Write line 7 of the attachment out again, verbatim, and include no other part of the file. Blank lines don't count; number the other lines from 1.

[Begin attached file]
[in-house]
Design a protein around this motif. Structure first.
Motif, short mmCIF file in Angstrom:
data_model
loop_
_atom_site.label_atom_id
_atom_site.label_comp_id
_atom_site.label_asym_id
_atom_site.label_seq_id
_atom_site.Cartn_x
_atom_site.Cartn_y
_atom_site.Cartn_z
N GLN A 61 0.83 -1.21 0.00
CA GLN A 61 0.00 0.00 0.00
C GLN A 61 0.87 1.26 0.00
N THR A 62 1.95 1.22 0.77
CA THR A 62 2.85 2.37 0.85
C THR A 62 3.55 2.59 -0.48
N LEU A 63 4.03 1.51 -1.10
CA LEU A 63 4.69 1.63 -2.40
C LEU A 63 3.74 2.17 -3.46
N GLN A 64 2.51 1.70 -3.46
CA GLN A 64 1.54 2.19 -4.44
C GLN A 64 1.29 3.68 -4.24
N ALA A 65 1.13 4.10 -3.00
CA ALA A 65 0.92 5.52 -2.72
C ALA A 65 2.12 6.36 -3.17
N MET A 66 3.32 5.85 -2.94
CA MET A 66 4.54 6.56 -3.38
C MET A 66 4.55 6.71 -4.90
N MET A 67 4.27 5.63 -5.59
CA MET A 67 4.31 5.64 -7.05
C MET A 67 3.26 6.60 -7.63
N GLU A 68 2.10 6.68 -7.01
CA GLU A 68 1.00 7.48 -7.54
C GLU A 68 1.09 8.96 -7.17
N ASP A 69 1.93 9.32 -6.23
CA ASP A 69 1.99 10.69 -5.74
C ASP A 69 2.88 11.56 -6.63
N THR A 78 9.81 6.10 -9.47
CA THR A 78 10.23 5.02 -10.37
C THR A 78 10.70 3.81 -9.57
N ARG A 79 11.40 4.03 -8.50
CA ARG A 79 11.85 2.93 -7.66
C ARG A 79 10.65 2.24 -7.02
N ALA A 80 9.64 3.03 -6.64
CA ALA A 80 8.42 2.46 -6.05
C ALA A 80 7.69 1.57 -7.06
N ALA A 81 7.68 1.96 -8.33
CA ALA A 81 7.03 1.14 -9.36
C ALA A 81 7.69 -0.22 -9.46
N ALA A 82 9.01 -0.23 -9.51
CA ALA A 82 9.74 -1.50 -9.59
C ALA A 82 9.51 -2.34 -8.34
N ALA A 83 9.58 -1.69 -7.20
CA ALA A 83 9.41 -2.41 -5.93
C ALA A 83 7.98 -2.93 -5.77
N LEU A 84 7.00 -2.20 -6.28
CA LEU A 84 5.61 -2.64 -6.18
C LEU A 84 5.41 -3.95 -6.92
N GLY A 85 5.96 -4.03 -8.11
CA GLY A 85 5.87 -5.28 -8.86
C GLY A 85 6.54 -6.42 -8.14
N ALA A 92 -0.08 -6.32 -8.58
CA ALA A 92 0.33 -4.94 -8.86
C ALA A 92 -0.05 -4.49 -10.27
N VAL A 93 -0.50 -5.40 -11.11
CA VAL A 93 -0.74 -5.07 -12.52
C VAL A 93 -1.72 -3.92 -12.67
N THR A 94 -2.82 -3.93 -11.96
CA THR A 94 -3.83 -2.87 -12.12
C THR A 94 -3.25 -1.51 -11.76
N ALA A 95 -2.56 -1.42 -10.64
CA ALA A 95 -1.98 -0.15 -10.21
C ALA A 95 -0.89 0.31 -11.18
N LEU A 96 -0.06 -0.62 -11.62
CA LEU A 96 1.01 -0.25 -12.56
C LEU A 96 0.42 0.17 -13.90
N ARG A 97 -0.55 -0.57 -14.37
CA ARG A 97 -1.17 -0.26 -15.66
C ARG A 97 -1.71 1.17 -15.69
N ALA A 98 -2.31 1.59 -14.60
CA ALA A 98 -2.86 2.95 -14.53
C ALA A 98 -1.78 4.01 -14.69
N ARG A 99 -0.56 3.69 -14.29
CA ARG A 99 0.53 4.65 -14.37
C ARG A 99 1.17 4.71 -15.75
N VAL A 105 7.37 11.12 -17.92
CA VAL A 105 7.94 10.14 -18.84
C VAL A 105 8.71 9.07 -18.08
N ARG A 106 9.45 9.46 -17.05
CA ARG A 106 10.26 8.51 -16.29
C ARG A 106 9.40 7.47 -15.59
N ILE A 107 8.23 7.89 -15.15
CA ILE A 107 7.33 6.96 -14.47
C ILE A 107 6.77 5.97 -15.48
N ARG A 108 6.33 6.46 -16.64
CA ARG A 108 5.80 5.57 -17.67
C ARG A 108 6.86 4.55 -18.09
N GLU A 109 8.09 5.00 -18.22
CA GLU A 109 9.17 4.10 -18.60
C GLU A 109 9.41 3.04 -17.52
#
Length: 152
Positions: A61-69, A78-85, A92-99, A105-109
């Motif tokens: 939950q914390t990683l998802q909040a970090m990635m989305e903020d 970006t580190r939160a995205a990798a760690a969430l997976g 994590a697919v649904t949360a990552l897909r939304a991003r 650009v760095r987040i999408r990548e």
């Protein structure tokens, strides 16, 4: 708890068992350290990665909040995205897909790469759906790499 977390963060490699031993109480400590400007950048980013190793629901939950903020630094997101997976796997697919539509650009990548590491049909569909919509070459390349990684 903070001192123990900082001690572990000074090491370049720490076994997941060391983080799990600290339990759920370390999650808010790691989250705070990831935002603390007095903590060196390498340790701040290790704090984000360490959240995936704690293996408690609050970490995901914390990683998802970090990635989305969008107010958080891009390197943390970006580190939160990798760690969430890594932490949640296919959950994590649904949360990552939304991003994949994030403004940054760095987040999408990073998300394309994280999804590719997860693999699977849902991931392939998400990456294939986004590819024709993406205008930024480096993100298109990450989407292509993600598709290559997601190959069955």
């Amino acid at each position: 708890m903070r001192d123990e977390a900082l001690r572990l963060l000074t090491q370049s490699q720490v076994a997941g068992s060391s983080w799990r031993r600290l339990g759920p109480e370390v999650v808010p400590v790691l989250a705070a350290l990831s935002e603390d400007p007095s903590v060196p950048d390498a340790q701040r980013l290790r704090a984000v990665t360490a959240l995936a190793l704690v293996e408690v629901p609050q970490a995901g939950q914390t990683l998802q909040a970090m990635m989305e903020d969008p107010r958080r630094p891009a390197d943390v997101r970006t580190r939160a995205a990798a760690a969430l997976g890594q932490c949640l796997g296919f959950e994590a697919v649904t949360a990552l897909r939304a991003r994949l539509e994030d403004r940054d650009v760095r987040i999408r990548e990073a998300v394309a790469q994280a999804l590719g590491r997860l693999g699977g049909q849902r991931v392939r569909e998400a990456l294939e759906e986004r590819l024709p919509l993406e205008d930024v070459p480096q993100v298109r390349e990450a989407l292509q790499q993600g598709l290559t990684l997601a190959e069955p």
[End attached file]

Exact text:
_atom_site.label_comp_id